Assuming you partake in the massy masala passage of the past time and will accept on threefold as quite a bit of John Abraham in one edge, you can go enjoy this one.


Movie: Satyameva Jayate 2
Satyameva Jayate 2 Cast: John Abraham, Divya Khosla Kumar, Harsh Chhaya, Anup Soni, Gautami Kapoor
Satyameva Jayate 2 Director: Milap Zaveri
Where to Watch: In Theatres


Satya Azad (John Abraham), an upstanding Home Minister needs to scrub the nation of debasement with his Anti-Corruption Bill. Be that as it may, it neglects to get enough ‘Ayes’, from his allies, yet additionally from his wife Vidya (Divya Khosla Kumar) an individual from the Opposition, who votes ‘Nay’ in the Vidhan Sabha. At the point when two or three horrifying killings happen in the city, ACP Jay Azad (John Abraham again) is acquired to seize the killer, quit worrying about his intention. Along these lines, if you thought this story spins around sibling against sibling, no, there is something else entirely to it.


The main way Satyameva Jayate 2 (SMJ2) takes ahead from its prequel Satyameva Jayate (SMJ) is by handling debasement and eagerness for power. In the beginning, writer-director Milap Zaveri and the film’s group have kept up with that it’s a massy charge, similar to the famous film of the 1980s. At the point when you see John Abraham transform into a vigilante to rebuff the people who caused the demise of blameless residents, you’re not however shocked as you may be the point at which you understand it’s Satya who’s giving out capital punishment, and Jay is being roped in to deal with the vigilante.
Milap is honoring the 80s movies, and his pride in that is bounteously apparent in the screenplay and exchanges — be it Satya considering the ACP to let him know that he will not quit rebuffing the liable, Jay’s starting arrangement, or even Dadasaheb Azad (John Abraham once more, as their rancher father) without any help furrowing a poor farmer’s field, or the siblings donning saffron and green, battling each other in the pre-climax. This and all the more just adds more masala to the meat of the story.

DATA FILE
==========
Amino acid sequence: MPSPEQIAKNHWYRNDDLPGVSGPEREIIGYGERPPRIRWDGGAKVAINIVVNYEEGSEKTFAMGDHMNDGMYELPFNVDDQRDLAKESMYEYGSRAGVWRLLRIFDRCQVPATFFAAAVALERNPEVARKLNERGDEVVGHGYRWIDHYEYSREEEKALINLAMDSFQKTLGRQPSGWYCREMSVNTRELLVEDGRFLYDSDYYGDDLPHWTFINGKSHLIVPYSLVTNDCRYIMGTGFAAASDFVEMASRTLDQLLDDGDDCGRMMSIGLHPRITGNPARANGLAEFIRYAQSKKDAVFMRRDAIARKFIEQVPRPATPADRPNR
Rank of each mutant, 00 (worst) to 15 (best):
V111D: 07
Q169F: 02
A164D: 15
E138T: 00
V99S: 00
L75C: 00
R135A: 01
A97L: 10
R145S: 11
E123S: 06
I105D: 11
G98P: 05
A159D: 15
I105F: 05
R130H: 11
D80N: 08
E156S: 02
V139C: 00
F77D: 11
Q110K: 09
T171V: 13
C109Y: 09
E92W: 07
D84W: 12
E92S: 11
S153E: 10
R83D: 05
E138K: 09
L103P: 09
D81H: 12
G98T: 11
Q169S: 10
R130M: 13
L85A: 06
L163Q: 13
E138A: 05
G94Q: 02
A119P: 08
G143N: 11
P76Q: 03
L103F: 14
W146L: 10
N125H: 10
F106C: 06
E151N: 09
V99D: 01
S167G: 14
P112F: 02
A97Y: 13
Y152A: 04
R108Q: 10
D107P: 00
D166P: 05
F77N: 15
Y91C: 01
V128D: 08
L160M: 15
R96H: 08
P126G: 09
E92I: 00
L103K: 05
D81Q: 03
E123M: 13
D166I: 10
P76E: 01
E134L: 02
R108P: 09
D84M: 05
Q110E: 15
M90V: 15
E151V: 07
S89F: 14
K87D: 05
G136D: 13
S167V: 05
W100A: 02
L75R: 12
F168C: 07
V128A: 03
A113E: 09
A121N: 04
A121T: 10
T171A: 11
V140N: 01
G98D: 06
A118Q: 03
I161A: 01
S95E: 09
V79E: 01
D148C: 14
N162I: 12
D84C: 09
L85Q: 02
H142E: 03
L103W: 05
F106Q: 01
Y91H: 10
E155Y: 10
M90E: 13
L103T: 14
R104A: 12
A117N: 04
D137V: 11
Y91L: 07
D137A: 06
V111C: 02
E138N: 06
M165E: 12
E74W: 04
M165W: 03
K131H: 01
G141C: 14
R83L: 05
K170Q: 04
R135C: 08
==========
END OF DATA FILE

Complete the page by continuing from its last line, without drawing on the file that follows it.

Other than the threat of debasement, Milap tends to a farmer’s suicides, savagery against ladies (Nirbhaya in Delhi, Veterinarian in Telangana), Lokpal Bill, the significance of shared congruity, and strict resilience in a great measure too. The author’s director likewise offers a telling remark on the present media and online media that centers more around catching news and sensationalizing on the cameras and cell phones, even as somebody is draining to death in the city with no attempt whatsoever at being subtle.
John Abraham looks agreeable in this old-fashioned, and excessively regularly attempted and tried business potboiler passage. Be it as the twin siblings or as the dad, he assumes his triple part without hardly lifting a finger. If he shows a little restriction as Satya, he doesn’t avoid putting on a big show as Jay or as Dadasaheb, a straightforward farmer driving the battle for the Lokpal Bill to the assembly.
Divya Khosla Kumar is wonderful and has a genuinely unmistakable part to play in this generally male-ruled film. As the honorable Vidya, she minces no words when she differs and emphatically goes against her significant other Satya and her Minister father (Harsh Chhaya) on various issues. lends due support as Dadasaheb’s wife and Satya’s and Jay’s mother. Unforgiving Chhaya, Anup Soni, Zakir Hussain, Dayashankar Pandey, and Saahil Vaid play out their parts well.


The soundtrack is kind to the ears, be it the wedding melody Tenu Lehanga or the Karwa-Chauth track Meri Zindagi Hai Tu, while Nora Fatehi sizzles in the Kusu number.
The raw hardcore action is the highlight of the film and John doesn’t disappoint — whether he has to lift a motorcycle with a rider and fling it, or rip out the engine of an SUV, or even rip a few meters of the earth by smashing his plough in a field. For action lovers, there are a few seeti-maar minutes to enjoy. While we comprehend the film is an homage of sorts to the preposterous film of the 1980s that we once savored, a few scenes like three John Abrahams preventing the helicopter from taking off with their uncovered hands could be a blow excessively hard in any event, for the OTT sensibilities.
If you enjoy the massy masala toll of the past time and are willing to take on thrice as much of John Abraham in one frame, you can go enjoy this one.